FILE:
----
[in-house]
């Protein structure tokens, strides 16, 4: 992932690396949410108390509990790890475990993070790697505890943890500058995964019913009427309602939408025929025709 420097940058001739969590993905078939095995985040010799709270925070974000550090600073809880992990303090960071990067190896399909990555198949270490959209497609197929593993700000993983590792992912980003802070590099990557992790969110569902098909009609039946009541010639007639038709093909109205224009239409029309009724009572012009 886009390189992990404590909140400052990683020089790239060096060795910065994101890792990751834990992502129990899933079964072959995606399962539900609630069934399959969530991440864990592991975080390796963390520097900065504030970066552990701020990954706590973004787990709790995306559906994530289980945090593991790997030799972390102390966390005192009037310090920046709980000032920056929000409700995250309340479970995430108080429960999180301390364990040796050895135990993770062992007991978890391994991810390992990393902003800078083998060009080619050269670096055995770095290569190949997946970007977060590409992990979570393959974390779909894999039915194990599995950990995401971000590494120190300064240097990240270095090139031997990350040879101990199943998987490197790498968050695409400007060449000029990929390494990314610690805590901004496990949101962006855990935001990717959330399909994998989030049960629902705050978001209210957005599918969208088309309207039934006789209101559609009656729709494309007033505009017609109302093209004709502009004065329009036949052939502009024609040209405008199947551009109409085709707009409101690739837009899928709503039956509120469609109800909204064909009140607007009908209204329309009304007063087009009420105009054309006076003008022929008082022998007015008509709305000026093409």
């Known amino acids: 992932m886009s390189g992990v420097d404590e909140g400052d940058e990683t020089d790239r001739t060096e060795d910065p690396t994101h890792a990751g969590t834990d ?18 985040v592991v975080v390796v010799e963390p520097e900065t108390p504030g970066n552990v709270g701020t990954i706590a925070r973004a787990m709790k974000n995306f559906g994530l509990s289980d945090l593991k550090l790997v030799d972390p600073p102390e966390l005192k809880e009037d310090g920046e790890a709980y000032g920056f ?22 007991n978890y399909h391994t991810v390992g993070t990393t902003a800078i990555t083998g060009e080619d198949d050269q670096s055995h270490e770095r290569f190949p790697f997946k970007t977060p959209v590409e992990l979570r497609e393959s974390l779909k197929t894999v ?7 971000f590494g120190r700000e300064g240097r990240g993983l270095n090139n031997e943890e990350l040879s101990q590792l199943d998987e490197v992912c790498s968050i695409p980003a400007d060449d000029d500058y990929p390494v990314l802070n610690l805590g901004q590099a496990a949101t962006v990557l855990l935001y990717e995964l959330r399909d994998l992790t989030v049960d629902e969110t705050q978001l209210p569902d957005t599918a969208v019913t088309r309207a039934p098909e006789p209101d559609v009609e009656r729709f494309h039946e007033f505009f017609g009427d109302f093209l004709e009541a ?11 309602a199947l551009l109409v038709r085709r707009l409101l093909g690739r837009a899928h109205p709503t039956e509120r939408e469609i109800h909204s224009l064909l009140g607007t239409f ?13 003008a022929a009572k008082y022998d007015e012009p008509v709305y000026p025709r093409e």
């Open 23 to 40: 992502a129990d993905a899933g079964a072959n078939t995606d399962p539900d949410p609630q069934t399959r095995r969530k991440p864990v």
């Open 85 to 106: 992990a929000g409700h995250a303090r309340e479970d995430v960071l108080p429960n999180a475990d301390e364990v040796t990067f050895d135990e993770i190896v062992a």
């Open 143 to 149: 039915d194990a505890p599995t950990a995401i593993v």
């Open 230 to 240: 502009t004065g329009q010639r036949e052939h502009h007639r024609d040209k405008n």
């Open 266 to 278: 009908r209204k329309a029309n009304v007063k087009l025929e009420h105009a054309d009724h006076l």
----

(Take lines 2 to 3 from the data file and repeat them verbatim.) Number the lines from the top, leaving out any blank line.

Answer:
């Protein structure tokens, strides 16, 4: 992932690396949410108390509990790890475990993070790697505890943890500058995964019913009427309602939408025929025709 420097940058001739969590993905078939095995985040010799709270925070974000550090600073809880992990303090960071990067190896399909990555198949270490959209497609197929593993700000993983590792992912980003802070590099990557992790969110569902098909009609039946009541010639007639038709093909109205224009239409029309009724009572012009 886009390189992990404590909140400052990683020089790239060096060795910065994101890792990751834990992502129990899933079964072959995606399962539900609630069934399959969530991440864990592991975080390796963390520097900065504030970066552990701020990954706590973004787990709790995306559906994530289980945090593991790997030799972390102390966390005192009037310090920046709980000032920056929000409700995250309340479970995430108080429960999180301390364990040796050895135990993770062992007991978890391994991810390992990393902003800078083998060009080619050269670096055995770095290569190949997946970007977060590409992990979570393959974390779909894999039915194990599995950990995401971000590494120190300064240097990240270095090139031997990350040879101990199943998987490197790498968050695409400007060449000029990929390494990314610690805590901004496990949101962006855990935001990717959330399909994998989030049960629902705050978001209210957005599918969208088309309207039934006789209101559609009656729709494309007033505009017609109302093209004709502009004065329009036949052939502009024609040209405008199947551009109409085709707009409101690739837009899928709503039956509120469609109800909204064909009140607007009908209204329309009304007063087009009420105009054309006076003008022929008082022998007015008509709305000026093409």
């Known amino acids: 992932m886009s390189g992990v420097d404590e909140g400052d940058e990683t020089d790239r001739t060096e060795d910065p690396t994101h890792a990751g969590t834990d ?18 985040v592991v975080v390796v010799e963390p520097e900065t108390p504030g970066n552990v709270g701020t990954i706590a925070r973004a787990m709790k974000n995306f559906g994530l509990s289980d945090l593991k550090l790997v030799d972390p600073p102390e966390l005192k809880e009037d310090g920046e790890a709980y000032g920056f ?22 007991n978890y399909h391994t991810v390992g993070t990393t902003a800078i990555t083998g060009e080619d198949d050269q670096s055995h270490e770095r290569f190949p790697f997946k970007t977060p959209v590409e992990l979570r497609e393959s974390l779909k197929t894999v ?7 971000f590494g120190r700000e300064g240097r990240g993983l270095n090139n031997e943890e990350l040879s101990q590792l199943d998987e490197v992912c790498s968050i695409p980003a400007d060449d000029d500058y990929p390494v990314l802070n610690l805590g901004q590099a496990a949101t962006v990557l855990l935001y990717e995964l959330r399909d994998l992790t989030v049960d629902e969110t705050q978001l209210p569902d957005t599918a969208v019913t088309r309207a039934p098909e006789p209101d559609v009609e009656r729709f494309h039946e007033f505009f017609g009427d109302f093209l004709e009541a ?11 309602a199947l551009l109409v038709r085709r707009l409101l093909g690739r837009a899928h109205p709503t039956e509120r939408e469609i109800h909204s224009l064909l009140g607007t239409f ?13 003008a022929a009572k008082y022998d007015e012009p008509v709305y000026p025709r093409e």